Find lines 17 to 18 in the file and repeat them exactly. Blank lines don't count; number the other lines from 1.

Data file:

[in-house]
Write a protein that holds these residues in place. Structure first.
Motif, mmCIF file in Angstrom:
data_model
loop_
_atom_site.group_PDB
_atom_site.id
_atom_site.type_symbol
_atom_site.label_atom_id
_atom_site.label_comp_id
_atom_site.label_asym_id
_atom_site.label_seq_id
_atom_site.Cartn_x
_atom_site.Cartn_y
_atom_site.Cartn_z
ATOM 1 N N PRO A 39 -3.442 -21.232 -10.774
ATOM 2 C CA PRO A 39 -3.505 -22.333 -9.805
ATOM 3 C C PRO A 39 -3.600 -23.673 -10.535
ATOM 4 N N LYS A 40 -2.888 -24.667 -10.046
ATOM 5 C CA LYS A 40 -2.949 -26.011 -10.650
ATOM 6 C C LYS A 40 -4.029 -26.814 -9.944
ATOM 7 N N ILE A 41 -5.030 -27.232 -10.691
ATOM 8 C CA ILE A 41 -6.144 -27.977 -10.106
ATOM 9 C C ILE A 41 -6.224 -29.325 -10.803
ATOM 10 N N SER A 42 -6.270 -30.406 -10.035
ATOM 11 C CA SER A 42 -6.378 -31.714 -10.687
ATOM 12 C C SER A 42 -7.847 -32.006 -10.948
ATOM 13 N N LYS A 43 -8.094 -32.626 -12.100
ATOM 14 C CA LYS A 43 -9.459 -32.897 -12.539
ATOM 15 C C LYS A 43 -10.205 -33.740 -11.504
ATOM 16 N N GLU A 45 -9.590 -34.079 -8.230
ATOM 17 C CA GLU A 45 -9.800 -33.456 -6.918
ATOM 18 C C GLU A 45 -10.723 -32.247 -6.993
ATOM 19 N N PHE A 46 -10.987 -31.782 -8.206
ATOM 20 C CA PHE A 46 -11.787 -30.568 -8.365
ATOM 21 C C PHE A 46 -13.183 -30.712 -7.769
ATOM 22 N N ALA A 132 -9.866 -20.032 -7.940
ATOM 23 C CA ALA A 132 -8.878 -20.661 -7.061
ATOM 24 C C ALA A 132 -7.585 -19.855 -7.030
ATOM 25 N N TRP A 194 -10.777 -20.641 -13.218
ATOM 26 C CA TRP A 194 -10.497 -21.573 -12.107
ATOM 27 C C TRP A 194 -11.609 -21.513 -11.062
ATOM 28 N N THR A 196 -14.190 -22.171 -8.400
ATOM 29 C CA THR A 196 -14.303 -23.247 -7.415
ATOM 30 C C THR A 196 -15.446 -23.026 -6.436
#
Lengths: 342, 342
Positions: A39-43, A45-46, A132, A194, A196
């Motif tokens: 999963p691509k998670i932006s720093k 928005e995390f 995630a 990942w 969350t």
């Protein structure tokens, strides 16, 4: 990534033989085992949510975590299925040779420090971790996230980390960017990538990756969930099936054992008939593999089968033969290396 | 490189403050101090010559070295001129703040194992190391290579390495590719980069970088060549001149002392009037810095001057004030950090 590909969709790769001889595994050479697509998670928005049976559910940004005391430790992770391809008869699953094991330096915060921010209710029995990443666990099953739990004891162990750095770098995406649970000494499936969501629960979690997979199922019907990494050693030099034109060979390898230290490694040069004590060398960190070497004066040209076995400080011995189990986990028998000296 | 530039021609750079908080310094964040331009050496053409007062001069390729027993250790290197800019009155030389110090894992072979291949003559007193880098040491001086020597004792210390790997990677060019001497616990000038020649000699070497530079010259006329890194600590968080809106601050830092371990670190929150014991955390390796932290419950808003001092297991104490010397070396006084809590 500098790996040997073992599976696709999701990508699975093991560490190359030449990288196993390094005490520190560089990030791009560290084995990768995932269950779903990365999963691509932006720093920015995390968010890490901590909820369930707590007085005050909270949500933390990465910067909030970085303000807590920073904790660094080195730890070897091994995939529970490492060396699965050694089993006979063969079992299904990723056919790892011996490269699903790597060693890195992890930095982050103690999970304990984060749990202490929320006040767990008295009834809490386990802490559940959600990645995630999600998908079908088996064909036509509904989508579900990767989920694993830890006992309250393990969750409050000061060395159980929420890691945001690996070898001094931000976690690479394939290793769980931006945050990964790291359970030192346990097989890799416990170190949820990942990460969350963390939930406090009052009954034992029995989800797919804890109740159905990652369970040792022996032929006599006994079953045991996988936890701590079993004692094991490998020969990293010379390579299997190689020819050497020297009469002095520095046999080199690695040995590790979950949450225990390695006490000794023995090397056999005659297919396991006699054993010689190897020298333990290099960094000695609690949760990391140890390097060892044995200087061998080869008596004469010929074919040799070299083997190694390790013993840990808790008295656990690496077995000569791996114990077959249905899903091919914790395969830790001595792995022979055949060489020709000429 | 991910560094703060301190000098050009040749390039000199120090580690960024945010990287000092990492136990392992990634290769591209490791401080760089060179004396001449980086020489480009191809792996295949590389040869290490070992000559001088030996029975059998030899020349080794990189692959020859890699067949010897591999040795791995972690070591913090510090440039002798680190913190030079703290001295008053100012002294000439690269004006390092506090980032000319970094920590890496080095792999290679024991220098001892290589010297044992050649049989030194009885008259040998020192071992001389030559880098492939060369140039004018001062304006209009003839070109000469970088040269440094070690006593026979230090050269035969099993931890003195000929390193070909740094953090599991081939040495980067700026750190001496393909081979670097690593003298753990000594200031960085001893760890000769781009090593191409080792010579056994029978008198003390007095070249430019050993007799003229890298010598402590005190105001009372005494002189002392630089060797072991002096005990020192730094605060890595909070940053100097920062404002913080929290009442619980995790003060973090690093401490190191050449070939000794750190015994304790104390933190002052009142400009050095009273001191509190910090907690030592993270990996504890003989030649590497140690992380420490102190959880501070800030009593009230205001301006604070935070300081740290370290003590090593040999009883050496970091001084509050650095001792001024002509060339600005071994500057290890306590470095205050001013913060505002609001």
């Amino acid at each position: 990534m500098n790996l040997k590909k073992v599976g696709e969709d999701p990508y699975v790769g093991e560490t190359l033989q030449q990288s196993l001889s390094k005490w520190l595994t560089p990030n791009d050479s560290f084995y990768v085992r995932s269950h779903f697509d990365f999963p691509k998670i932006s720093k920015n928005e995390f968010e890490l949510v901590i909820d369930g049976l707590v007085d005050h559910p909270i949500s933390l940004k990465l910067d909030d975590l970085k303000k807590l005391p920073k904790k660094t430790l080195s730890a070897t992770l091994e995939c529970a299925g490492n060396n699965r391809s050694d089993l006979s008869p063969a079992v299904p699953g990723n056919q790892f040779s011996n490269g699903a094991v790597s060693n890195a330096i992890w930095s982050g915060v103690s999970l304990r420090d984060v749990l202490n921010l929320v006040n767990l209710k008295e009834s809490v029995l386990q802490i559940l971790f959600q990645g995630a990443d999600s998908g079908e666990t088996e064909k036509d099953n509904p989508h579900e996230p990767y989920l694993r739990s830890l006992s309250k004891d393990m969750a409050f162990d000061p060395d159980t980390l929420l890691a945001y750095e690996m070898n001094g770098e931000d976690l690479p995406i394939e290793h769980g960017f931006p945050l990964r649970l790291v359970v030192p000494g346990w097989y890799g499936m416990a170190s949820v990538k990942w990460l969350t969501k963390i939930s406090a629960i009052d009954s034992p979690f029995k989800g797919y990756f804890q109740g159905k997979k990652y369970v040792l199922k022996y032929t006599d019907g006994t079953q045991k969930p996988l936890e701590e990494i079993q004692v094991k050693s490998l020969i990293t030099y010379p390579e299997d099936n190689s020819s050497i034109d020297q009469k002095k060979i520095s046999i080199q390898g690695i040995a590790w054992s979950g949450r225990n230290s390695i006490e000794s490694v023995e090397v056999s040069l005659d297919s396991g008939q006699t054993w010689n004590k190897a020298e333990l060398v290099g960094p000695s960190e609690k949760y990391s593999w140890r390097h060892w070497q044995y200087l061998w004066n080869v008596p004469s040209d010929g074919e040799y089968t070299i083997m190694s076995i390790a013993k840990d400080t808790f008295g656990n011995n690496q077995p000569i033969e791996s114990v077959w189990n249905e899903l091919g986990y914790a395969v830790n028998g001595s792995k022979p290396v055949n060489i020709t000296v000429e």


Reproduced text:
ATOM 2 C CA PRO A 39 -3.505 -22.333 -9.805
ATOM 3 C C PRO A 39 -3.600 -23.673 -10.535